Barcelona’s meek capitulation to Roma exposes a deeper malaise

Warning signs were there during Champions League campaign as star players look to have reached the end of the line

Barcelona’s Luis Suarez looks dejected during his side’s defeat to Roma in the Champions League quarter-final, second leg at Stadio Olimpico, Rome. Photograph: Reuters

Barcelona’s Luis Suarez looks dejected during his side’s defeat to Roma in the Champions League quarter-final, second leg at Stadio Olimpico, Rome. Photograph: Reuters

 

If it was possible for Barcelona not to become overwhelmed by despair when they fell to Juventus last season, there was no way for them to rationalise their stunning collapse against Roma on Tuesday night. Succumbing to the best team in Italy and a fellow European giant did not feel like a drama, even though they had started the that tie as slight favourites. But folding so meekly against Roma has exposed a deeper malaise.

Roma should not be patronised given they have claimed some serious scalps, from finishing top of a group that contained Atlético Madrid and Chelsea to overcoming the awkward challenge of Shakhtar Donetsk in the last 16, to keeping out Lionel Messi over 180 minutes.

It was a formidable effort from Eusebio Di Francesco’s side, who left the Stadio Olimpico in a state of ecstasy as they overturned a 4-1 deficit from the first leg, and they have yet to concede a goal at home in this season’s Champions League. Their next opponents would be foolish to underestimate them.

For all the accolades coming their way, however, Roma are a team lacking obvious star power. They are fourth in Serie A, it is 17 years since their last Scudetto and they had not reached a European Cup semi-final since 1984. Not unreasonably, Barça celebrated drawing them last month – and that is why their third consecutive quarter-final exit smarts so much.

They had travelled to Rome holding what should have been an impregnable lead. Yet the whiff of decline was hanging over them by the end of a riotous evening and the alarming thing for Barcelona is that this has been coming.

The warning signs were there when Neymar departed for Paris Saint-Germain last summer. They lost the Spanish Super Cup to Real Madrid, causing Gerard Piqué to say he felt “inferior” to the team from the Bernabéu for the first time in his career, and although they are set to win La Liga, Ernesto Valverde’s men have rarely convinced in their toughest European assignments.

A 4-1 aggregate victory over Chelsea in the last 16 masked slow and disjointed displays, with Messi seizing on errors, and Barcelona were often bereft of fluency in the first leg against Roma.

In the return, however, Roma found the ruthlessness to target Barcelona’s flaws, highlighting the imbalance of Valverde’s 4-4-2 system and the increasing dependence on Messi. Barça were bereft of penetration in the wide areas, with the full-backs, Jordi Alba and Nélson Semedo, unable to advance, and nothing damned them more than being outplayed in the area where they used to be untouchable.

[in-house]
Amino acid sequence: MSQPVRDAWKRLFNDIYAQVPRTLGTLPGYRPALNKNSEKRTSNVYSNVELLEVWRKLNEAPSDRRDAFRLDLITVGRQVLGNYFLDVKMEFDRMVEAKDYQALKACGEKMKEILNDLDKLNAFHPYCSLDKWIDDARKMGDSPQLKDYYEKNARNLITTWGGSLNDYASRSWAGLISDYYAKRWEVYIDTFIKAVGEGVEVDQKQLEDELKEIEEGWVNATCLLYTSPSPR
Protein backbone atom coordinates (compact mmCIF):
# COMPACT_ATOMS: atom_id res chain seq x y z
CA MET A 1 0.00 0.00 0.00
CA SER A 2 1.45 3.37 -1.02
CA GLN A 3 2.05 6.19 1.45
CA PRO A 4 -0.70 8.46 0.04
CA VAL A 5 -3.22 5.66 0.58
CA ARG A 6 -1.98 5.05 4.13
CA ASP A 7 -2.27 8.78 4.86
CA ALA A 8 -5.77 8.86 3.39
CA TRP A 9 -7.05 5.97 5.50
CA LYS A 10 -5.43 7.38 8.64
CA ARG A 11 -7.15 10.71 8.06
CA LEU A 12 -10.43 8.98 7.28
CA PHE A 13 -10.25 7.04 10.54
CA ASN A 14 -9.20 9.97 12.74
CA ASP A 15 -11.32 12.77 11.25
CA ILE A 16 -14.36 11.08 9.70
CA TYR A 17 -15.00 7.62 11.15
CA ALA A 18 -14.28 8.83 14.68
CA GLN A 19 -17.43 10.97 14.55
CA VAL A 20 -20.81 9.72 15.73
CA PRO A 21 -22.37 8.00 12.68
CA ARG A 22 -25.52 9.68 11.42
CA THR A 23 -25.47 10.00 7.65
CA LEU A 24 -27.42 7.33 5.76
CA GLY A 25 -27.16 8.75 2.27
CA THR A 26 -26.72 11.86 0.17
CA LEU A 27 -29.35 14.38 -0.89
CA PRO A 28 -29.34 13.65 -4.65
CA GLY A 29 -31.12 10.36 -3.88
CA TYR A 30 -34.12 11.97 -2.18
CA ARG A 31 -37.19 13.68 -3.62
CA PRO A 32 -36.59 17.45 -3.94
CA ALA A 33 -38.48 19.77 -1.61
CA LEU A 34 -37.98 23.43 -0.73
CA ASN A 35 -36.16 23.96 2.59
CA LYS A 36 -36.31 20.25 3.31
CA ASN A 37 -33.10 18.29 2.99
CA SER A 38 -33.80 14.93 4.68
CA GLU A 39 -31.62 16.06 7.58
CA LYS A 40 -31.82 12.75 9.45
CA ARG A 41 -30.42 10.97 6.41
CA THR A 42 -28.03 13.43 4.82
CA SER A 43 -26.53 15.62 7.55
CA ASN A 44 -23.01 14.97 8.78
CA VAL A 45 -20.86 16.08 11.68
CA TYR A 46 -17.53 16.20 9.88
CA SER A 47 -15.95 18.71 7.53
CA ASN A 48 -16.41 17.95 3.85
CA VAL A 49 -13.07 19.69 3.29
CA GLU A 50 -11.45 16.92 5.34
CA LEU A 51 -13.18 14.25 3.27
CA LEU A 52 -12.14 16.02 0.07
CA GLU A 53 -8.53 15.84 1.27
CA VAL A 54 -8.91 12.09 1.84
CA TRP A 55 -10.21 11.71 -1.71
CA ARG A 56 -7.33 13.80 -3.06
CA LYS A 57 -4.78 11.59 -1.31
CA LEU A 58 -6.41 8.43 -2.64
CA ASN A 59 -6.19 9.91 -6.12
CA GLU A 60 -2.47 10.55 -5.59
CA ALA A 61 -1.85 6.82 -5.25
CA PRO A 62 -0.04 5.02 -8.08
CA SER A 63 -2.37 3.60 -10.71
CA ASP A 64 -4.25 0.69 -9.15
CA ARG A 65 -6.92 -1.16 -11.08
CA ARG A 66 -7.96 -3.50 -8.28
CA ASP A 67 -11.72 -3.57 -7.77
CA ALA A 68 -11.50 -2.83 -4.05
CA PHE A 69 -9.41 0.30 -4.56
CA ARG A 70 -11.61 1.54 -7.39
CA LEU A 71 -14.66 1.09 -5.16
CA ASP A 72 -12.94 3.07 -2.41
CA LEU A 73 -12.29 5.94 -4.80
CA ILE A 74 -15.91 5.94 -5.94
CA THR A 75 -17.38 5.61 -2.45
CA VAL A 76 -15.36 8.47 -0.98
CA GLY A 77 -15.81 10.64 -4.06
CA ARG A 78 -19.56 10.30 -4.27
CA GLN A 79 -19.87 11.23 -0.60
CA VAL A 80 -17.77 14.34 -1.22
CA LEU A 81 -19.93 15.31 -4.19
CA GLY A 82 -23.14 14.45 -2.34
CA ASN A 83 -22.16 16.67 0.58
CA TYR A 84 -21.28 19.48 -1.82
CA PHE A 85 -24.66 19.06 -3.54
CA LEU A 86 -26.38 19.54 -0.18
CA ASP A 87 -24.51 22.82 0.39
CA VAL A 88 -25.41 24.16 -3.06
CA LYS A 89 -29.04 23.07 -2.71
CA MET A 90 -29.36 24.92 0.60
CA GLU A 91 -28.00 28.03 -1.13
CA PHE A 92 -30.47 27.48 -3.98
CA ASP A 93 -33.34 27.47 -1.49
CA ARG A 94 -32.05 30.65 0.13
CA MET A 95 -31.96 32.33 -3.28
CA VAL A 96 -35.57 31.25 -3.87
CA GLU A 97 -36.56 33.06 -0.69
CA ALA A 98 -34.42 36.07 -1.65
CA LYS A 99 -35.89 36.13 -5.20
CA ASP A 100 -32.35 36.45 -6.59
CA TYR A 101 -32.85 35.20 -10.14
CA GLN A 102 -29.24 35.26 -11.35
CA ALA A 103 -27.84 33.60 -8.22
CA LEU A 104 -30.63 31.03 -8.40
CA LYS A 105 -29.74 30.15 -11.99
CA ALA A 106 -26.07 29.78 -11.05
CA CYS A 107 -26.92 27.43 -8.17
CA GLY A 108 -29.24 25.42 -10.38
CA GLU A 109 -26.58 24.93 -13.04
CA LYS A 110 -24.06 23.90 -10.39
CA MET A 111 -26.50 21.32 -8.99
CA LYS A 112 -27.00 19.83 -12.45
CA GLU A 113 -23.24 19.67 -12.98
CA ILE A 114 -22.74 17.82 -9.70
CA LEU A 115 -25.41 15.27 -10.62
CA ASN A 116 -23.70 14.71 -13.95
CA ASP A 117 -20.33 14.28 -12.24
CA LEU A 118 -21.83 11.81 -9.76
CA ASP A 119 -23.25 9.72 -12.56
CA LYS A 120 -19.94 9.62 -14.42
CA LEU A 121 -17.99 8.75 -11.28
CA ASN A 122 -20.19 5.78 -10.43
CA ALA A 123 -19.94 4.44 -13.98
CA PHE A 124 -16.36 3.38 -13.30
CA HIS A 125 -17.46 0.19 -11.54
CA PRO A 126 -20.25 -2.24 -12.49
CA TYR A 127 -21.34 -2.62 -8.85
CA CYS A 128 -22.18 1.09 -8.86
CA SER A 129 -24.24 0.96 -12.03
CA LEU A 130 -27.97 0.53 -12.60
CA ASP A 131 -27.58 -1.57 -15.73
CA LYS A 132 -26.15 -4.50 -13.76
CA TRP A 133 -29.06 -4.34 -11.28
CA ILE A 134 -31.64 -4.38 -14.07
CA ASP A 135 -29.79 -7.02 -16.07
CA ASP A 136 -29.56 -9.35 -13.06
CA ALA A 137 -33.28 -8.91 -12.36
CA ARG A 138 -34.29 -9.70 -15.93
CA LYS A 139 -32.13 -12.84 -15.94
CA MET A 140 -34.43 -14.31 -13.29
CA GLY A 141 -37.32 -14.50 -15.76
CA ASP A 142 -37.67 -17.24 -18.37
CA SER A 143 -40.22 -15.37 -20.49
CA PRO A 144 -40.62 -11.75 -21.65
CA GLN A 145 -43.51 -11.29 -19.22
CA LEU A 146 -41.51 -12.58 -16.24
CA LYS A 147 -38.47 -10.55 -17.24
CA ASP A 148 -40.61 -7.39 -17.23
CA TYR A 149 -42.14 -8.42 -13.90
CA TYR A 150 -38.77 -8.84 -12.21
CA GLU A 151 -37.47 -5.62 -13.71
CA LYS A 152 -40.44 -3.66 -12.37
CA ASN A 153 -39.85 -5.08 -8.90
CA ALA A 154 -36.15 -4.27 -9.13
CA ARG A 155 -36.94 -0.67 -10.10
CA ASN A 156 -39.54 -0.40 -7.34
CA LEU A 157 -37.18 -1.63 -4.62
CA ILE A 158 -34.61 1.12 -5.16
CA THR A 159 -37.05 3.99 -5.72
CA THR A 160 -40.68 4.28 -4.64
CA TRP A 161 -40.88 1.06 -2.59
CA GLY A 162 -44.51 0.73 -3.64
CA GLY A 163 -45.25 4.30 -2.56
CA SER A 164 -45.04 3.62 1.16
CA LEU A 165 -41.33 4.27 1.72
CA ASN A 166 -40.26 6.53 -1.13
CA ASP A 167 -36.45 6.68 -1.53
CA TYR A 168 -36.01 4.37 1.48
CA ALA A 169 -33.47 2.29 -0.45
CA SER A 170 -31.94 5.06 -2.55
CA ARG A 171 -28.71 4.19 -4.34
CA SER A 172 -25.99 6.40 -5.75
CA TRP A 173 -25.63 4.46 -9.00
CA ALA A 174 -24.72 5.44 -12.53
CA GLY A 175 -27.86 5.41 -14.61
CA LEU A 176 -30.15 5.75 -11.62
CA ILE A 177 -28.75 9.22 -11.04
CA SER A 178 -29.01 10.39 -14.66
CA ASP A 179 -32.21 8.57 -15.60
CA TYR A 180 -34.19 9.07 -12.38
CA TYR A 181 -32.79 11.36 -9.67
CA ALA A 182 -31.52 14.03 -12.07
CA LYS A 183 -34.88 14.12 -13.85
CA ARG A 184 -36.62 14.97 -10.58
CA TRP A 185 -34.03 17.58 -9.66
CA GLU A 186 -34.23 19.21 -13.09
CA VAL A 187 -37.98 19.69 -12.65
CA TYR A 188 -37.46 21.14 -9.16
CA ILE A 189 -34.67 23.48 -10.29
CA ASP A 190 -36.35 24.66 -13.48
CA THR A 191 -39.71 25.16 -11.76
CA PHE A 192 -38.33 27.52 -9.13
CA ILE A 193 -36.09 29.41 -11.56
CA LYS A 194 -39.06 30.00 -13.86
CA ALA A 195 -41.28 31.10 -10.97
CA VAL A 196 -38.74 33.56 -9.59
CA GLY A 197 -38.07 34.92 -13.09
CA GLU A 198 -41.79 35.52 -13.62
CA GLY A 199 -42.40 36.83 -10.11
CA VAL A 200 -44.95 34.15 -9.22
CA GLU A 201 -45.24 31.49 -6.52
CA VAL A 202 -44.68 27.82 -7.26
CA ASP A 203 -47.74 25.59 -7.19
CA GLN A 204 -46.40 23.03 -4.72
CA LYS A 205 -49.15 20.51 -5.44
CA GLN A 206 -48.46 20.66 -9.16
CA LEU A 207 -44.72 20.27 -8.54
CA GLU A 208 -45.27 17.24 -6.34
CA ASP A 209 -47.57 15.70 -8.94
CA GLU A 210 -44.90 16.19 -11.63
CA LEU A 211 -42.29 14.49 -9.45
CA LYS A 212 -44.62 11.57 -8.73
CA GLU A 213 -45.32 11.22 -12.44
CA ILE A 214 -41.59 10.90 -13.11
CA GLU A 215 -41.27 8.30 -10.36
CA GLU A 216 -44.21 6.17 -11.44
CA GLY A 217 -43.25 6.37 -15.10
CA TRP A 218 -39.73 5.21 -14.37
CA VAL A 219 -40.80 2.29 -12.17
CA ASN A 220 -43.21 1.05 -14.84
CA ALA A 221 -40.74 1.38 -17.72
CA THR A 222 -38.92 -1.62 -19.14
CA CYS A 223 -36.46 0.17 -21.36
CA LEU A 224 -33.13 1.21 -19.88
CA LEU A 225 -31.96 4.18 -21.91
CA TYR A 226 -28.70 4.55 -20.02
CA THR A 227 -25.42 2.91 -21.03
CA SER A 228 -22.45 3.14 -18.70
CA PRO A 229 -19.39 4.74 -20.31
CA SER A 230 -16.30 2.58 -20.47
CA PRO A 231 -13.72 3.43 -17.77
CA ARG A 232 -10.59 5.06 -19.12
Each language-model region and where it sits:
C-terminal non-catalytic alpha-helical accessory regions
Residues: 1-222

The inclusion of Sergi Roberto as an extra shield in midfield revealed how Barcelona have misplaced their identity. There was too much caution and not enough control or incision, but perhaps that was no surprise. Andrés Iniesta, who hinted he might have played his last Champions League game, is 33. Sergio Busquets is 29. A strength has become a weakness and that meant there was little protection for a vulnerable defence, with Edin Dzeko bullying Piqué and Samuel Umtiti.

“We didn’t know how to respond,” Busquets said.

Admittedly there were mitigating circumstances. Philippe Coutinho was cup-tied after forcing his transfer from Liverpool in January. Ousmane Dembélé, who was signed with the Neymar cash, has struggled to regain his rhythm after a thigh injury. It is easy to imagine them thriving when Coutinho and Dembélé are operating in tandem with Messi.

Where Luis Suárez fits in remains to be seen, though. The Uruguayan was the deadliest striker in the world after signing from Liverpool in 2014, combining beautifully with Messi and Neymar at times and destroying the continent’s best defences on his own at others, but he is 31 and his powers are waning.

Suárez’s opportunistic strike in the first leg against Roma was his first goal in the Champions League since March 2017, a staggering statistic, and he spent most of Tuesday night being knocked around by Roma’s defenders, that extra half a yard of pace no longer there, his trademark spikiness never materialising.

It was not just his booking for timewasting that summed up the striker’s lame performance, it was the moment when Iniesta released him on the left and he did not have the speed to escape his markers.

Suárez is approaching the end of the line and he is not alone. Others will have to be replaced if a new imperial era is to begin. Regeneration is required and Valverde, who replaced Luis Enrique last summer, deserves the time to oversee it given that Barça remain unbeaten in the league and face Sevilla in the Copa del Rey final next weekend. Yet there are more questions than answers as the season draws to a complicated close. Difficult decisions must be made. This champion team’s wrinkles are starting to show. – Guardian

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